Wackiest Fitness Trends in Last 21 Years

Wackiest Fitness Trends in Last 21 Years

Women Fitness in it never ending endeavor to bring you authentic information on health and fitness welcomed submission from fitness world of experts on some of the Wackiest Fitness trends seen in the last 21 years.

Here are a few to take note of,

Strip Aerobics or cardio strip tease:

According to Carly, fitness instructor and freelance writer for fitnessauthority.co.uk. It is hard to say when exactly it started, but it went mainstream around 2003 when Carmen Electra essentially became the public face of it. 

This one is wacky because it ditches everything you would associate with standard aerobics and instead focuses on the sort of moves; one would usually expect to see at a certain type of club.  In some classes, people were told to bring heels, preferably six-inch ones.  That is not exactly what you are expected to see in a standard cardio class. Strip aerobics stuck around the mainstream for a good ten years.

Tae Bo:

As mentioned by Camille Chulick of Averr Aglow. Tae Bo came out in 1999 and Billy Blanks made us all feel like we could punch our way through anything in life. It was a fun and not-so-easy routine. The wackiest part was that Tae Bo stands for Total Awareness of Excellent Body Obedience.  It was insanely popular though and outsold some of the biggest movies of that year. As far as I know, Billy Blanks is still going at it!

The Shake Weight: 

Modified dumbbell that oscillates, purportedly to increase the effects of exercise.  As put by Tyler Read an industry-leading certified personal trainer and successful entrepreneur “The Shake Weight must be one of the weirdest and most hilarious fitness trends of the last 21 years.”

“The Shake Weight’s first commercial debuted in 2009 and became a huge success because the video went viral. Even though most of the coverage for the Shake Weight was making fun of the sexual innuendo it became associated with, the company who created Shake Weights sold over two million products.”

Suzanne Somer’s ThighMaster:

According to Nerissa, a USAW Certified Sports Performance Coach, personal trainer, CEO of The Bright App, a leading fitness management app ”Suzanne Somer’s ThighMaster started selling in 1991 and in the next year and a half, six million ThighMaster’s were sold before the sensation fizzled out like so many fitness trends do.”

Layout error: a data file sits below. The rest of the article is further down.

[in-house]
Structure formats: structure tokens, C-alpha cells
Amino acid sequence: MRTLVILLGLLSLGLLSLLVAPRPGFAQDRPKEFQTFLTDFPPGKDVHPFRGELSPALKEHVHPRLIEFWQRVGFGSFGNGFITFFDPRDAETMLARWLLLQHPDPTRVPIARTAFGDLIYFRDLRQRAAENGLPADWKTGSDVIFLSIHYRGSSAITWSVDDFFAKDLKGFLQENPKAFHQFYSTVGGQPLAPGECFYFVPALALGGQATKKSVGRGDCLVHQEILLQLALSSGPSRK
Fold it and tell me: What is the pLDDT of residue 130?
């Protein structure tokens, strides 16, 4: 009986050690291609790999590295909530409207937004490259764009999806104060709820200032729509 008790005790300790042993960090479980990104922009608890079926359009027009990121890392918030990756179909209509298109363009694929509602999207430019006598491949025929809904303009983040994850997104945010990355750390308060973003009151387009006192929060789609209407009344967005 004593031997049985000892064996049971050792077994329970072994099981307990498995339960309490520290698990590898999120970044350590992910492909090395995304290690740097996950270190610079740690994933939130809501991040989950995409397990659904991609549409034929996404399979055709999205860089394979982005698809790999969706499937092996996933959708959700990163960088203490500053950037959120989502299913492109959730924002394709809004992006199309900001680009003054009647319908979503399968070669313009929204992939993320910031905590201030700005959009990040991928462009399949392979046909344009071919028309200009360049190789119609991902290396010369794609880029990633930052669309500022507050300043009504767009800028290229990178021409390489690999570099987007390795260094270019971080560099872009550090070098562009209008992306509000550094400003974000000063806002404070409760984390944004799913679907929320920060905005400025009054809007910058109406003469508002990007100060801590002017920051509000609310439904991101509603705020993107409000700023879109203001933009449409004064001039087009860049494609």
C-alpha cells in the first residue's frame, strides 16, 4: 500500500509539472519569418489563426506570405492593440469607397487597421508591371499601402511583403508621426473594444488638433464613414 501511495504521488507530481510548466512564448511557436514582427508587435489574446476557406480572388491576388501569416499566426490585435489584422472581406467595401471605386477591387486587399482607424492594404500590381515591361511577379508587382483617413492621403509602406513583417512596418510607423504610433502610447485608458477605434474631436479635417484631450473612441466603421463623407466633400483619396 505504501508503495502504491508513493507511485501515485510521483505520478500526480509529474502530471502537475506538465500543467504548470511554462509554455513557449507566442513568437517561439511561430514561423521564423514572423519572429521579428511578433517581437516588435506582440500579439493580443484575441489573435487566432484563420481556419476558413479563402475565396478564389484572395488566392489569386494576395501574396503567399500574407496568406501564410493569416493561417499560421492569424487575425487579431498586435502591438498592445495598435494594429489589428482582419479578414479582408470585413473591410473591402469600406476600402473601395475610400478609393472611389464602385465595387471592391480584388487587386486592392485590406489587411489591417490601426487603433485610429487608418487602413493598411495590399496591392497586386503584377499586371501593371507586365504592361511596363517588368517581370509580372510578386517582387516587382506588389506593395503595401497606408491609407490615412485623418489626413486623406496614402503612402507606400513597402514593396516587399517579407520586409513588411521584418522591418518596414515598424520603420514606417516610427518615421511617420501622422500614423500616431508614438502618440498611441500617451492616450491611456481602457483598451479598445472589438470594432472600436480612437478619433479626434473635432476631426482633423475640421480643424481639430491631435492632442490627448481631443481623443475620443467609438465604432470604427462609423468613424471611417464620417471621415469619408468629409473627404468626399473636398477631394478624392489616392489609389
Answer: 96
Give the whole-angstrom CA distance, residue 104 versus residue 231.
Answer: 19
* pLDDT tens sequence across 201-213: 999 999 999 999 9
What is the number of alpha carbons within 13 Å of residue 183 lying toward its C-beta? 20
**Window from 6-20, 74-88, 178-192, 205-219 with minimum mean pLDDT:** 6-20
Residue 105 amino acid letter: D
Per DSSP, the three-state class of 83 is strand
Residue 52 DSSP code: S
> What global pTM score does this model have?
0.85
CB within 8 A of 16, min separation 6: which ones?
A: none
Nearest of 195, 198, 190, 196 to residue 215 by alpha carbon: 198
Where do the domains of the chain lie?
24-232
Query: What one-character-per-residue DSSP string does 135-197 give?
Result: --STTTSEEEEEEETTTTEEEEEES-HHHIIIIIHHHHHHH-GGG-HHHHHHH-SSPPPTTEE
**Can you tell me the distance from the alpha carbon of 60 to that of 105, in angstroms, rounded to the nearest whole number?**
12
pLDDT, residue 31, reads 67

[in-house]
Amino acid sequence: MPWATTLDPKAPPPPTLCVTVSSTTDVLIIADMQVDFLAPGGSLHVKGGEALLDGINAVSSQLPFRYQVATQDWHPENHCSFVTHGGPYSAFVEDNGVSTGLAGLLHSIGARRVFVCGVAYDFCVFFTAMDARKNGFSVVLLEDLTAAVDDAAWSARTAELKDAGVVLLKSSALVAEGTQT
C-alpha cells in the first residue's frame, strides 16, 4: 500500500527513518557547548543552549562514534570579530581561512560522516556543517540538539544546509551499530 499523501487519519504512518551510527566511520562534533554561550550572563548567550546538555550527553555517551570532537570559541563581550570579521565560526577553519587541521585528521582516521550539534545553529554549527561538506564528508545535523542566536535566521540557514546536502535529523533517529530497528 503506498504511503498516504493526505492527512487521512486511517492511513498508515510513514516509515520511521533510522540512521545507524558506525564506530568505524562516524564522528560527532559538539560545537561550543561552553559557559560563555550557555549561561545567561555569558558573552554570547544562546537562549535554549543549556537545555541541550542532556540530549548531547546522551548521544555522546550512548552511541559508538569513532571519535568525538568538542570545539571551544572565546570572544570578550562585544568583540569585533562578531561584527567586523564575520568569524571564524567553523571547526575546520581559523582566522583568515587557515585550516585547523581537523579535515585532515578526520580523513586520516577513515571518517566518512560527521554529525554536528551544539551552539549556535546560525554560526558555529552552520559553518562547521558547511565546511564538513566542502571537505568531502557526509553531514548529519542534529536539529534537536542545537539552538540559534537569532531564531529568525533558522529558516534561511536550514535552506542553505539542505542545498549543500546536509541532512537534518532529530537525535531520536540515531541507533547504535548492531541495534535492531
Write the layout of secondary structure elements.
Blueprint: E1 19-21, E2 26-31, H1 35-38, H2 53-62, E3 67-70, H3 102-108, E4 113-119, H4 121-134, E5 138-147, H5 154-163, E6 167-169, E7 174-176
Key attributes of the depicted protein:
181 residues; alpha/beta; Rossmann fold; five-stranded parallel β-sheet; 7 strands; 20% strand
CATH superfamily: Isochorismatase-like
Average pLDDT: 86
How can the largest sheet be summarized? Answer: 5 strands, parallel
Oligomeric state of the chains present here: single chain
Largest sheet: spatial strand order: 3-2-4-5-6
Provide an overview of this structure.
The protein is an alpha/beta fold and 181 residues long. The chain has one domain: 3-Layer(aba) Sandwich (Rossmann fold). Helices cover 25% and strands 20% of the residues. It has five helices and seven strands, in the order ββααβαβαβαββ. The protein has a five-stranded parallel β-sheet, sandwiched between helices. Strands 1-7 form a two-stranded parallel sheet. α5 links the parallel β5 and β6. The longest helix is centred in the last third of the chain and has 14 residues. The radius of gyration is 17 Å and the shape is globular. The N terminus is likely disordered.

The ThighMaster is basically two curved and padded metal tubes with a hinge between allowing to squeeze it repeatedly between the thighs. As Somer’s said in the original ThighMaster commercial, “It’s easy to squeeze your way to shapely hips and thighs! ThighMaster, we may not have been born with great legs, but now we can look like we were!”

She further adds “I’ve seen dozens of fitness products just like the ThighMaster over the past 20 years. With every iteration, one thing remains the same: these products make millions because people are always looking for one simple solution to solve all their fitness needs.”

Elevation masks:

Jamie from Truism Fitness was taken aback when he had first sighting of one in the gym about five years ago. He adds “Every claim made by the manufacturer is easily debunked, yet there are customers gleefully scooping them up (for about $100 apiece) based on the empty promise of a better workout.”

The elevation mask simulates the lower oxygen you experience at a high altitude and is based on what Jamie calls Monday Night Football Science. Every time a football game is broadcast from Mile High Stadium in Denver (home field to the NFL’s Broncos), you’re sure to hear one of the announcers pontificate on the effect of the high altitude on the visiting team. The logic for elevation masks goes that the Denver Broncos exercise at high altitude, giving them extra stamina, so re-creating that workout environment can do the same for you.

Jamie debunks the mask use ” There is absolutely zero scientifically established benefit to donning a mask for a one-hour workout at sea level, then taking it off. Yet there are folks looking even sillier than the monkey shoe wearers.”

Running Backward:

“Running backward has to top the list in being weird. Running itself is a great workout habit that can be exercised by any age group but running backward is totally wacky.” according to Jennifer, Editor at Etia.com.  Experts claim that running backward uses 30 percent more energy than moving forward at the same speed. So, why exert so much energy and achieve almost nothing new in return.

These 6 are real eye openers on how people get carried away to try everything to lose weight and get fit. To add, Goat yoga, exercise mask, Skateboard Pilates, Prancercise  trust me the list is endless.

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